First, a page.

He’s not the only one who thinks so. But let’s be clear: this isn’t riding a moped. Yes there’s a motor, but it’s pedal-assisted, meaning you still have to move your feet. “[E-bikes] are a nice combination of using your own human power and having a bit of assistance too,” Sir Chris Hoy has said.
“And once you’ve ridden an e-bike, you completely get it.” If an Olympian says they’re OK, shouldn’t we all jump aboard?
There’s no denying pedelecs (to give them their proper name) are part of a growing trend, especially on the Continent: 45 percent of all new bikes in Belgium and 30 percent of those in Holland last year were e-bikes. In the UK, we’re finally catching on: Halfords reported a 220 per cent sales increase in electric bikes last year. Sales are weighted heavily in favour of the silver cyclist: Halfords say that 65 per cent of their e-bikes are sold to people over 55. electric bicycle
Sir Chris is right: as soon as you hop on an e-bike you realise what fun they are. I was a regular cyclist, but fell out of the habit. But when my aptly named Raleigh Grand Tour showed up at my door for a test ride, a sleek gunmetal machine with a battery pack attached to the seat post and an electronic display on the handlebars, getting back into it was like… well, you know.
Except so much better. I set off late for a meeting, but, turning up the motor and pedalling as fast as I could, I arrived on time, and not, as I used to, a sweaty mess. The motor is capped at a top speed of 15.5mph, but you can go quicker if you pedal harder.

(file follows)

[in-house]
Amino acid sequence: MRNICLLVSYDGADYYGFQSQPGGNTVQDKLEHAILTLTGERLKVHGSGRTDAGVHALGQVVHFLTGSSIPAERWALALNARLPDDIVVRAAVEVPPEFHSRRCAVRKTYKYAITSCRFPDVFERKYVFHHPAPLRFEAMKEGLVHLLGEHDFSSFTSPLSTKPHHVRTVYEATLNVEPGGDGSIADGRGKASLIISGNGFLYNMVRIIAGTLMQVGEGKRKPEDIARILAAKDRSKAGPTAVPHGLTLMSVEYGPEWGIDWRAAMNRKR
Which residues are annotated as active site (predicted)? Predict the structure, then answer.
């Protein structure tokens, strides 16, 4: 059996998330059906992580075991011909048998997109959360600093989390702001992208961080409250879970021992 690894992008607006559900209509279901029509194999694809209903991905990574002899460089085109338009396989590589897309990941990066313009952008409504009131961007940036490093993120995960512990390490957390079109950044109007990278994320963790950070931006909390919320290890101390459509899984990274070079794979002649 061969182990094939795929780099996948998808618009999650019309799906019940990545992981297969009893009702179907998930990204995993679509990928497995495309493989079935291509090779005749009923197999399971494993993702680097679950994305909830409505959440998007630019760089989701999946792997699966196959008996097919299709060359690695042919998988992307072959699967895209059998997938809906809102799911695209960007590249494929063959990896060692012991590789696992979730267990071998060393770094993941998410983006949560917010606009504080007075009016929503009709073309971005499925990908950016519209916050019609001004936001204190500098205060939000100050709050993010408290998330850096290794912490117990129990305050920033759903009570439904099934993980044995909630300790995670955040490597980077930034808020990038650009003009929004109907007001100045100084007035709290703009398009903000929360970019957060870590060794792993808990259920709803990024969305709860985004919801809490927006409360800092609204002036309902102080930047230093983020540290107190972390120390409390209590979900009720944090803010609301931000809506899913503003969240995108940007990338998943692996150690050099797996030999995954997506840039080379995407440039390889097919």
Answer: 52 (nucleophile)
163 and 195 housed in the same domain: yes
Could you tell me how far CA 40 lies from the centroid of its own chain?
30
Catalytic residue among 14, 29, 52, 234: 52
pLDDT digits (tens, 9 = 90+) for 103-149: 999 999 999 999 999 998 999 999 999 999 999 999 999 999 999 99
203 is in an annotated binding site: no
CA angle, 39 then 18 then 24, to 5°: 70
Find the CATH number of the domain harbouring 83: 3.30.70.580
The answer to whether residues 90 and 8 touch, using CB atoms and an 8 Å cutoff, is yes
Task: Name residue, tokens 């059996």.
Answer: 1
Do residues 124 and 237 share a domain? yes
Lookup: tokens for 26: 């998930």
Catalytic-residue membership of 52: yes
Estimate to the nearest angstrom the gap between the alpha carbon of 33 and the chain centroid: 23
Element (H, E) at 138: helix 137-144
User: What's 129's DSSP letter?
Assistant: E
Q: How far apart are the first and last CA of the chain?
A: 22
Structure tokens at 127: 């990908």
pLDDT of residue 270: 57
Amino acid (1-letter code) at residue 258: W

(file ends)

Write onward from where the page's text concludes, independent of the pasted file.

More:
It’s so much fun, it doesn’t really feel like fitness. So is it? Well, yes. A recent Norwegian study found that e-bike riders exert almost as much effort as regular cyclists when going around the same track. Researchers found that e-bikers were 8.5 times more active than they were at rest, while those using traditional bicycles were 10.9 times more active – a smaller difference than had been anticipated. The regular cyclists utilized 58 per cent of their lung capacity, compared with the e-bikers’ 51 per cent. The only significant difference? The e-bikers were 21 per cent faster.
And according to Norwegian and Dutch studies, you could get fitter than you would on a regular bike because e-bikes encourage you to go further than you might otherwise. Which makes sense when you try one – suddenly a meeting 10 miles away seems like nothing, even uphill. “E-bikes give people the confidence to explore more, rather than be exhausted after 20 minutes and go home,” says Dave Hull, owner of North Pennines Electric Bike Hire (and an e-bike convert himself). “Before you know it, you’ve done 50 miles and been out for hours.” I certainly found that. On a day when I would have got the bus to meetings, I managed to clock up 40 miles.